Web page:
Asian Development Bank grants $69m for forest protection project

MANILA — The Asian Development Bank last week approved loans and grants worth US$69 million to Cambodia, Laos, and Viet Nam for a community-based initiative to protect more than 1.9 million ha of threatened forests where 170,000 mostly poor people live.

The 32-year loan of $30 million to Viet Nam and grants of $19 million for Cambodia and $20 million for Laos will help the Greater Mekong Subregion (GMS) member nations carry out the GMS Biodiversity Conservation Corridors Project.

It follows a series of successful pilot conservation activities in the countries.

“It marks the first investment to emerge from the pilot phase and provides a model for expanded and sustained local community participation in the management of these vital natural resources,” Pavit Ramachandran, Environment Specialist in ADB’s Southeast Asia Department, said.

The richly diverse forest regions have come under increasing pressure as a result of activities like hydro-power development, road construction, mining, and agriculture. They are also increasingly vulnerable to the extreme weather conditions bought about by climate change.

Restoring these habitats is essential for preserving critical environmental services and safeguarding the livelihoods of poor upland farmers and indigenous communities living in 56 communes and 69 villages in the three countries, an ADB release said.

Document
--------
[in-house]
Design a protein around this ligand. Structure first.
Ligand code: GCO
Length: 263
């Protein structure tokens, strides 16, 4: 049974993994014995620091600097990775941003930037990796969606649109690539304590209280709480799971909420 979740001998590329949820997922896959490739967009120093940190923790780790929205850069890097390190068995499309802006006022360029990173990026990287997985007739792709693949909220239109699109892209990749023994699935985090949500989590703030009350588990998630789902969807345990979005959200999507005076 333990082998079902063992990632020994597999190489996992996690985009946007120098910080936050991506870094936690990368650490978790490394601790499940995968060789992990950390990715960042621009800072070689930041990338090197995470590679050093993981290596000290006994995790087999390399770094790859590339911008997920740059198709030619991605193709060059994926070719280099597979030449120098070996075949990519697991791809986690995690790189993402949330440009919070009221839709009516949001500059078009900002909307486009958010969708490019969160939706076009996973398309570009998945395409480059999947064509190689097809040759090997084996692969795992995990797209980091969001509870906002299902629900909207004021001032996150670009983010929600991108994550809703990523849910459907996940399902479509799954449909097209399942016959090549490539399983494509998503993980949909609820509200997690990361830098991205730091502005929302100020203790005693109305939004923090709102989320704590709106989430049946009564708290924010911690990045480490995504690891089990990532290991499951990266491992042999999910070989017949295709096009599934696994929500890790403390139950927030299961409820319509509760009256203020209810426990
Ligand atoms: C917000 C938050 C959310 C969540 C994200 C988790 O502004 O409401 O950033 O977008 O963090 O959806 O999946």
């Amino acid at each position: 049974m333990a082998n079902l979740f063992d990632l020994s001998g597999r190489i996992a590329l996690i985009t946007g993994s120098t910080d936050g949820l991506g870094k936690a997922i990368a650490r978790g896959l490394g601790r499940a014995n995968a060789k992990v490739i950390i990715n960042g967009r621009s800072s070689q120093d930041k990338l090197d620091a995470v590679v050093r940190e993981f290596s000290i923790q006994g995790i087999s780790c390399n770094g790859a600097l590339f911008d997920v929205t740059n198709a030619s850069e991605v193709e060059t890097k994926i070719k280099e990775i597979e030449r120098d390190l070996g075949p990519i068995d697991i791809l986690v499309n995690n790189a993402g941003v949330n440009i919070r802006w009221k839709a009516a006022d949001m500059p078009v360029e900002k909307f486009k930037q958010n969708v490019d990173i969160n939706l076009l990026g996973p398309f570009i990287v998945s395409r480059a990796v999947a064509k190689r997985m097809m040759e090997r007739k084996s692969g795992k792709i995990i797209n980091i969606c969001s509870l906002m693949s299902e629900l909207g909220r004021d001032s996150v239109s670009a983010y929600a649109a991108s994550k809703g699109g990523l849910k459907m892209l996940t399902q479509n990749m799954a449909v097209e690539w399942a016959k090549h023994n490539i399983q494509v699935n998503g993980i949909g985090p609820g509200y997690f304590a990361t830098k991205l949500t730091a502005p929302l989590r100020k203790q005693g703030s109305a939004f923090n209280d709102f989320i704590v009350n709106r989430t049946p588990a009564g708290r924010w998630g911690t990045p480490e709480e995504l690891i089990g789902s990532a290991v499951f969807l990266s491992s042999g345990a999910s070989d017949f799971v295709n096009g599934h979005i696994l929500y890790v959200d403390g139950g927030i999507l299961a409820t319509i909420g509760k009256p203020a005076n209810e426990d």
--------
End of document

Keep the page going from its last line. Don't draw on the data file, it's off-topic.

The project will include planting native trees and other plants to restore habitats in over 19,000ha of degraded forests. It will also raise the capacity of national and provincial agencies and community-level groups to plan and sustainably manage forests while supporting the security of land tenure for poor households and ethnic minority groups dependent on forest resources.

Women will be an integral part of the workers carrying out the restoration, while more than 4,770 households and 4,000 farmers will receive cash and technical support for livelihood enhancements.

“The pilot activities have shown that coupling conservation with direct livelihood improvements is feasible, and a decentralised community-oriented approach to resource management offers the best chance of success,” Ramachandran said.

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